Carter Looks Forward To Bringing a Championship To Long Island

by: Brian Bohl | Senior Writer - NY Sports Day | Tuesday, November 11, 2008

CENTRAL ISLIP, NY - Gary Carter fortified his Cooperstown credentials with the Mets two decades ago. Now, the Hall of Fame catcher is returning to New York to bolster his image and his résumé for the next phase in his career, officially becoming the fourth manager in Ducks history Monday afternoon.

“I’m very proud to be back in New York and with this organization,” said Carter after donning a home white No. 8 Ducks jersey. “I came here to try and provide a championship with the Ducks. I love to teach and to be in uniform and work with the kids. I’m here to provide my knowledge and experience.”

During his introductory press conference at Citibank Park, Carter said he is looking forward to managing again while also attempting to repair his reputation. Last spring, Carter was criticized by media members and former Mets teammates for publicly suggesting he would be interested in the Mets job before Willie Randolph was fired in June.

“Things can be taken out of context,” Carter said about proclaiming his interest in coaching or managing at the major league level. “There was no intention to undermine anybody. I was asked a question if I’d be interested. Of course I’d be interested in any capacity. If it’s not with the Mets, then maybe with someone else.”

“I’ve always worn my heart on my sleeve and that’s the way I answered it. Unfortunately, I was thrown under the bus for it. I’ve learned from it, though. ”

Managing the Ducks won’t be Carter’s first foray in the independent minor leagues. Carter led the Orange County Flyers to the Golden Baseball League (Calif.) championship last year. The Atlantic League is also unaffiliated with any major league clubs, though it is generally considered to be at a high level. Former big league All-Stars like Carl Everett and Edgardo Alfonzo, who both played for the Ducks the past two seasons, said it’s comparable to Triple-A.

The Atlantic League hasn’t elevated coaches through the big league ranks. Kevin Baez parlayed his experience as Ducks third-base coach into a job with the Mets as a minor league instructor before returning to Long Island last season.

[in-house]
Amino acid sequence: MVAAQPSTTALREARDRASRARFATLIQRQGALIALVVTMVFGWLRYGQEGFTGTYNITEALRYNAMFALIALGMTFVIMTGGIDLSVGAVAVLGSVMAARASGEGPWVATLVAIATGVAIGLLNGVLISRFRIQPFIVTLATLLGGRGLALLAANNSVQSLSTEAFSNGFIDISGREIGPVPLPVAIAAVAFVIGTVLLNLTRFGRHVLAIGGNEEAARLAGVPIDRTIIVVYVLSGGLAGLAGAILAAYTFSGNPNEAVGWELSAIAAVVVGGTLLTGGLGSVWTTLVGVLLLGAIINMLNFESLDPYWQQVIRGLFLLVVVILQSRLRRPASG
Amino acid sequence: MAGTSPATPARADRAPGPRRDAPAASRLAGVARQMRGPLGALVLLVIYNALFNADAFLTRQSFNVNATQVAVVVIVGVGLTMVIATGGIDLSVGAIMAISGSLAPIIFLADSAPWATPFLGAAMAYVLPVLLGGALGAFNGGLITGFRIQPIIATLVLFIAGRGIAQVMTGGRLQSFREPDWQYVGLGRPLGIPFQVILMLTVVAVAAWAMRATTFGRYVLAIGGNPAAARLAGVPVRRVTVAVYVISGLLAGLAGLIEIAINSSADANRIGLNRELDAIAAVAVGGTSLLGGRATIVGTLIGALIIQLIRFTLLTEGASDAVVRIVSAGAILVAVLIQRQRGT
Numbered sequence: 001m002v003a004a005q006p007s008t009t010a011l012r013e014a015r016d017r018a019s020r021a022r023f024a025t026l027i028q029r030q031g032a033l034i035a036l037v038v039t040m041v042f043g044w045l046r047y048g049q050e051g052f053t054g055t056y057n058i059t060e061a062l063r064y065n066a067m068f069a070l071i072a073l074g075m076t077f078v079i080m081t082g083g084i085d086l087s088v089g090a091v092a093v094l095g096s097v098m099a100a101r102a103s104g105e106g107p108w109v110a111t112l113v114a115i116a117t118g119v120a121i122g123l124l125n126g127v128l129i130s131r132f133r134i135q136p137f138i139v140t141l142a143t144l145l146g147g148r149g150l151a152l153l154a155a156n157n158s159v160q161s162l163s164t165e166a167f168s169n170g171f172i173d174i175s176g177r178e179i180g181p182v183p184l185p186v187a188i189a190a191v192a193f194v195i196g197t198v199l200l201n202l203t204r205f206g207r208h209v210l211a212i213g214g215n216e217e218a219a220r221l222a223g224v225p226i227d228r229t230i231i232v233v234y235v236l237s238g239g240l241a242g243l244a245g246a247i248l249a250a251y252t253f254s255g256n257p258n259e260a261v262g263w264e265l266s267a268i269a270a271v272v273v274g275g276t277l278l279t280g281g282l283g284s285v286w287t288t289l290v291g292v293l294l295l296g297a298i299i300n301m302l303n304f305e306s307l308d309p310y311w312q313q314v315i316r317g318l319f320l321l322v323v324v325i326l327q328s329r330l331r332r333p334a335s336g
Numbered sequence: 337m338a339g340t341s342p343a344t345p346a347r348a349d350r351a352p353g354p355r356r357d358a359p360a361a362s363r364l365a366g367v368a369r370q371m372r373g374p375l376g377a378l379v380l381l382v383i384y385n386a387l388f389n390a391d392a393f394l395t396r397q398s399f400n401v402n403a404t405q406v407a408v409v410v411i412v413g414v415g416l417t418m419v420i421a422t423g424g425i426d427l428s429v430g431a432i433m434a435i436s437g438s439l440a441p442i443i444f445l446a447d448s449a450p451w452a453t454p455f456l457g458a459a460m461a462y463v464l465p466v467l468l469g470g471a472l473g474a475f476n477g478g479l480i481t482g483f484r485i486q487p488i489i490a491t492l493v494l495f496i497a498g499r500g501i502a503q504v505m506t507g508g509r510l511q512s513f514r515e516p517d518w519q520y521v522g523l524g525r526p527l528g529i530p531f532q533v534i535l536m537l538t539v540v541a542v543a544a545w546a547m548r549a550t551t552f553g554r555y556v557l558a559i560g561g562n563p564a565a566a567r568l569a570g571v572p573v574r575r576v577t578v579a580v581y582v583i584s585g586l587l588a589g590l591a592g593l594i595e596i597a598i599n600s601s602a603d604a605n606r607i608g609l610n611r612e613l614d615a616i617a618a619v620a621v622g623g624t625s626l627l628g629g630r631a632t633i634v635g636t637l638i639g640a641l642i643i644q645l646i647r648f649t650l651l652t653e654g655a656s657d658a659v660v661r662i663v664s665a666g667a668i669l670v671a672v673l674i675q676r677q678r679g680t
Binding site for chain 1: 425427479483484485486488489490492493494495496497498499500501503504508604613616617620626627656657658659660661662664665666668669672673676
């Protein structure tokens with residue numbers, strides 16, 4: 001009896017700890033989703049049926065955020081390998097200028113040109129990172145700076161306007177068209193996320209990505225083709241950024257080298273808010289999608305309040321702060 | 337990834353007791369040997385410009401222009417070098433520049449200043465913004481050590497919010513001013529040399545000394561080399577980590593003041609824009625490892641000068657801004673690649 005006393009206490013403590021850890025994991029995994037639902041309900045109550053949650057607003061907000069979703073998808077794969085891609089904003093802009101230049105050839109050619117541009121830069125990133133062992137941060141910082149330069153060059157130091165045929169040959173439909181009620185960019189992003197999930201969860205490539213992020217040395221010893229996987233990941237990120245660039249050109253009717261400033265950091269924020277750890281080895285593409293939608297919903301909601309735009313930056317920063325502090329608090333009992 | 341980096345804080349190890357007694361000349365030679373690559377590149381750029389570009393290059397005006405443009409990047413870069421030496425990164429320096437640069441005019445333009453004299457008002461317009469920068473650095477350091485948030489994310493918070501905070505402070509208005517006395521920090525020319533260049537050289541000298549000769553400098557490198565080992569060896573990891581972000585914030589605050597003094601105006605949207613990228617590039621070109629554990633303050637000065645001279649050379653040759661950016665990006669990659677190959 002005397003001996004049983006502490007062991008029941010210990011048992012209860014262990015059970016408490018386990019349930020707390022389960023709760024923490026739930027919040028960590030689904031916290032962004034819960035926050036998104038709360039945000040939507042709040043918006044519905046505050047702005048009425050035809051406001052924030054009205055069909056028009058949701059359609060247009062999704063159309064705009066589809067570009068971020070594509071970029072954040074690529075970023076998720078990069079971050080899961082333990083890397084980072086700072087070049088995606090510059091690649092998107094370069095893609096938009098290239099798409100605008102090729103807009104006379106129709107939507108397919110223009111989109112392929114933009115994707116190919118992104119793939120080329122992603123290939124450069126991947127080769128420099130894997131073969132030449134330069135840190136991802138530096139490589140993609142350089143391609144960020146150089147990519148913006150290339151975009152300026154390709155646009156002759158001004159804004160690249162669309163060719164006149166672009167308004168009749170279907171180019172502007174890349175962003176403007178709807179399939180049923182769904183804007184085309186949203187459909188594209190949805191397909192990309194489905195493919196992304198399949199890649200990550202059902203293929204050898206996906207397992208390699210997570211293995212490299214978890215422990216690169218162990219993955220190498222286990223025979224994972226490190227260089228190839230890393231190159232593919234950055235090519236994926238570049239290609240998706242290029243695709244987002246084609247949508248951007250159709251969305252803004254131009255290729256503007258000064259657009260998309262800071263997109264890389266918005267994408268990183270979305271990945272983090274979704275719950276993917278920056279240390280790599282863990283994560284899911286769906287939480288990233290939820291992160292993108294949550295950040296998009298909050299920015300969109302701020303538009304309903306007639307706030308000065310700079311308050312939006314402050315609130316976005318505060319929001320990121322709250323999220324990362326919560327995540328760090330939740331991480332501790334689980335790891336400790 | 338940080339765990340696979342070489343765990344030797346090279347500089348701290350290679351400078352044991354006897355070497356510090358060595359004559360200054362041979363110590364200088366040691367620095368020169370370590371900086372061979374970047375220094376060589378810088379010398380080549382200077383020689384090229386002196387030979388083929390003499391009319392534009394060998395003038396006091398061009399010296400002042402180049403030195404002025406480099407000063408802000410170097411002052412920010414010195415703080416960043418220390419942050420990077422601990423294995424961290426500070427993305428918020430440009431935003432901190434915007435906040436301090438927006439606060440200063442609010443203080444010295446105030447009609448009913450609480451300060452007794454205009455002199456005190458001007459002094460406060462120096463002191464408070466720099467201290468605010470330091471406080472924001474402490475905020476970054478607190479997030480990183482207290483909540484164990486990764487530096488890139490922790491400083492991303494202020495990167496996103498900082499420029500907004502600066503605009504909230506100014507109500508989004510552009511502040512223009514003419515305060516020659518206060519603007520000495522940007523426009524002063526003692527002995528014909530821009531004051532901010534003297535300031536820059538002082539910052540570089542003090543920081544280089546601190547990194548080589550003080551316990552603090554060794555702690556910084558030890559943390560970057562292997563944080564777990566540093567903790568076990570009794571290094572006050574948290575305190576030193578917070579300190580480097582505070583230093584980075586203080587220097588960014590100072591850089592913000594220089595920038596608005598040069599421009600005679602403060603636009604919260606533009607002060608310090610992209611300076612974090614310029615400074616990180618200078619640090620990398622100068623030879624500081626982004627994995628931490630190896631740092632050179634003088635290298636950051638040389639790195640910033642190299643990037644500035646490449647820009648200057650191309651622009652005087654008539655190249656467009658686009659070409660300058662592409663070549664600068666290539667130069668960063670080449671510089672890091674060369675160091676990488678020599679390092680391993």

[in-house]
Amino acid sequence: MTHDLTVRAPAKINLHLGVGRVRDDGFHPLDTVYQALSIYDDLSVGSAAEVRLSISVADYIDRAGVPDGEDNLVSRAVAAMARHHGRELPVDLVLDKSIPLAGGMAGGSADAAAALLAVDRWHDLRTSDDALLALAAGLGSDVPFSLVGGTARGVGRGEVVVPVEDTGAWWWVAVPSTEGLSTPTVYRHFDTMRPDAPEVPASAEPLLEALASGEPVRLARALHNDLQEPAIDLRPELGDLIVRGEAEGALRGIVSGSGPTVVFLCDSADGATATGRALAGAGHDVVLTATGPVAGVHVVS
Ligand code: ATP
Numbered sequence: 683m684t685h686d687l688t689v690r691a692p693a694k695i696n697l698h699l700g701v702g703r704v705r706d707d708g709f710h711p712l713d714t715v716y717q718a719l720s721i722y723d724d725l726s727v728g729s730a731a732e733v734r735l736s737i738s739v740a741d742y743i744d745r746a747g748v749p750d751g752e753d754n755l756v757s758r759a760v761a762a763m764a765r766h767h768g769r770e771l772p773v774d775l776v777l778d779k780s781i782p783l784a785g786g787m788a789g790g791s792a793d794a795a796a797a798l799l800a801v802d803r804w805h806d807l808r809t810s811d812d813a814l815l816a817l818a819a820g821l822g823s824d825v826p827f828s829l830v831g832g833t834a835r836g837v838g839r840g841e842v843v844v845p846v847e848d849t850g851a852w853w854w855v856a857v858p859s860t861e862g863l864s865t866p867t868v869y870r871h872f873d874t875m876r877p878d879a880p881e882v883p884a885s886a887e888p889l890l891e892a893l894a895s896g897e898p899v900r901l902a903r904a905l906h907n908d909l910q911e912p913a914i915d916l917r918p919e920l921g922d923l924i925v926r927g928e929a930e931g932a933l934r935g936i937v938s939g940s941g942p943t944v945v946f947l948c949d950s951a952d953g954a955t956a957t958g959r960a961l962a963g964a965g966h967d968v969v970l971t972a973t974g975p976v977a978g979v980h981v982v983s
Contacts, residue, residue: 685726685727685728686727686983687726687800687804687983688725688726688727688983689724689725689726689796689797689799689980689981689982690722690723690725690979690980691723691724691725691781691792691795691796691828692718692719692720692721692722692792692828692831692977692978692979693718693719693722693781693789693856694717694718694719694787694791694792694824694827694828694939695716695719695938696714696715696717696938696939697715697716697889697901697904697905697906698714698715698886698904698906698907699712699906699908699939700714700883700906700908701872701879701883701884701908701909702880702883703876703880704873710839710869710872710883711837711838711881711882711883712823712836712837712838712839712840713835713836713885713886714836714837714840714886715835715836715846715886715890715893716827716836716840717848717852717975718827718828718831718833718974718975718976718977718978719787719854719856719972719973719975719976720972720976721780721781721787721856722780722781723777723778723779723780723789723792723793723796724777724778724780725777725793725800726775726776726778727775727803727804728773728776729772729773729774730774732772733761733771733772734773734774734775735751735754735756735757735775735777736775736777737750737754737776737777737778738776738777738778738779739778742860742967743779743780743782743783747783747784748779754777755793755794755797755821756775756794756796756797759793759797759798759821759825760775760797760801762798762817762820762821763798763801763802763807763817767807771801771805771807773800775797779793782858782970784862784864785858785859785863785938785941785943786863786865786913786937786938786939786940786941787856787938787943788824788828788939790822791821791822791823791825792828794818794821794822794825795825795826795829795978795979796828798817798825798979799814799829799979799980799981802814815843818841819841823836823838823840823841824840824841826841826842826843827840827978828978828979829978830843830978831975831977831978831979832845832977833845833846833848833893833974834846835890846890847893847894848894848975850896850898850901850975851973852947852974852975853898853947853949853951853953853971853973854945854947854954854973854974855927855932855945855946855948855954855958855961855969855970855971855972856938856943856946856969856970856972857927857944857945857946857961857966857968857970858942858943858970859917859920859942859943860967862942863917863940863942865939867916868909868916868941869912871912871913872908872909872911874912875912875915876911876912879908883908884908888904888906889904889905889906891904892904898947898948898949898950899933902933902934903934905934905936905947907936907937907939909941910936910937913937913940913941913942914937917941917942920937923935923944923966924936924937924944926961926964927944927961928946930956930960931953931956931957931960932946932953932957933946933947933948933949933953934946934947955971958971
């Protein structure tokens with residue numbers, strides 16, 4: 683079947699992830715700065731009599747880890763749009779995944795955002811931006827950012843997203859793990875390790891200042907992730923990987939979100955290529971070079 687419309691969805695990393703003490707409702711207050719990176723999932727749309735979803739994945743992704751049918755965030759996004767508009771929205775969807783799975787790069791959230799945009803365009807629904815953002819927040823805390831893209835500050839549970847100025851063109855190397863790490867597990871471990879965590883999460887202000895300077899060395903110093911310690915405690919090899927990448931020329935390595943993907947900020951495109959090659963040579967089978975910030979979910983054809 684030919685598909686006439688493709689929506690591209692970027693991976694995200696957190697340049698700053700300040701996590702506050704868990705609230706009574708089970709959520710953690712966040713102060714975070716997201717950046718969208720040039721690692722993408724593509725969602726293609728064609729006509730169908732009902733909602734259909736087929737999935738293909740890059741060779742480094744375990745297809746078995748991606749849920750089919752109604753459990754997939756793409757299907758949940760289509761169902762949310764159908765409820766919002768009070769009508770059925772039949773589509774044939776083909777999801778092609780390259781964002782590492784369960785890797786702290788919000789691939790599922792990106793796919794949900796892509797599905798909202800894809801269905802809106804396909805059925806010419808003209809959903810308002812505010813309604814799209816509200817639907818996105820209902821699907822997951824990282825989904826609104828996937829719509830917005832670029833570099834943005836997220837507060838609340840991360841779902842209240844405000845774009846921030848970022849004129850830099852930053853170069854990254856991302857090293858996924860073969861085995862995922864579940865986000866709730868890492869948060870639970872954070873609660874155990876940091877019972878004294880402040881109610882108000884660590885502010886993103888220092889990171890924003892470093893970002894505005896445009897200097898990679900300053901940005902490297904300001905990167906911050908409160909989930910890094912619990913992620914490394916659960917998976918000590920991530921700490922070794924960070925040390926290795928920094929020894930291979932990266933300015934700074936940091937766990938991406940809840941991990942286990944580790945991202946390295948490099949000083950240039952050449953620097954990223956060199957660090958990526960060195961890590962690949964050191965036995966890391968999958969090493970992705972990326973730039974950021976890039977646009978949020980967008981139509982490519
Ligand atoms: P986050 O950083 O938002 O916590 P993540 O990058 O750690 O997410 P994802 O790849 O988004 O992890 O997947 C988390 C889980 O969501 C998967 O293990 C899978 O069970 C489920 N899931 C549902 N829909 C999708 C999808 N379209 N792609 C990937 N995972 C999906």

But Carter said he is focused on leading the Ducks out of the first round of the playoffs for the first time since 2004. A title this year would coincide with the Ducks 10th anniversary.

“I don’t put a lot of emphasis on a lot of rules and regulations,” Carter said. “I ask for three things: be on time, play the game hard and have respect for one another and the organization.

“There won’t be any embarrassing things that occur because then we’re going to have a problem. That’s all I expect of players. Once I see that, they won’t play. We should be honored to wear this uniform.”

Ducks principal owner Frank Boulton said Carter, 54, won’t be choosing a new coaching staff. Baez will still be the third-base coach and co-owner Buddy Harrelson will handle the first-base coaching duties for home games. Dave LaPoint, who served as manager the past two seasons, will be the pitching coach; the same job he handled for the team’s championship run in 2004.

LaPoint will also maintain his involvement in front office decisions. Boulton said LaPoint will be the franchise’s vice president of baseball operations.

“He’ll be the point person on putting our club together,” Boulton said. “We’re going to have pretty much a new club next year. We’re bringing in a lot of fresh faces. Dave will be working year-round with us for procuring the players.”

Carter, a two-time All-Star game MVP and five-time Silver Slugger winner, was inducted into the Hall of Fame in 2003. The backstop of the Mets 1986 championship team earned two Manager of the Year honors coaching the Amazing’s system, leading his team to a Florida State League title in 2006.

Carter reunites with Harrelson, a coach on that 1986 team. The former Expos standout said he is looking forward to learning from Harrelson, who also served as a big league manager.

“He’s a great friend and being that he is a part owner and part of this team, I can feed off of him for his expertise,” Carter said. “Being a big leaguer manager and big league coach, I’m going to pick his brain.

“This league is a very competitive league, and that’s what I’m excited about because I’ll gain more experience and knowledge towards handling players who have played at the major league level. That will hopefully lead on to bigger and better things.”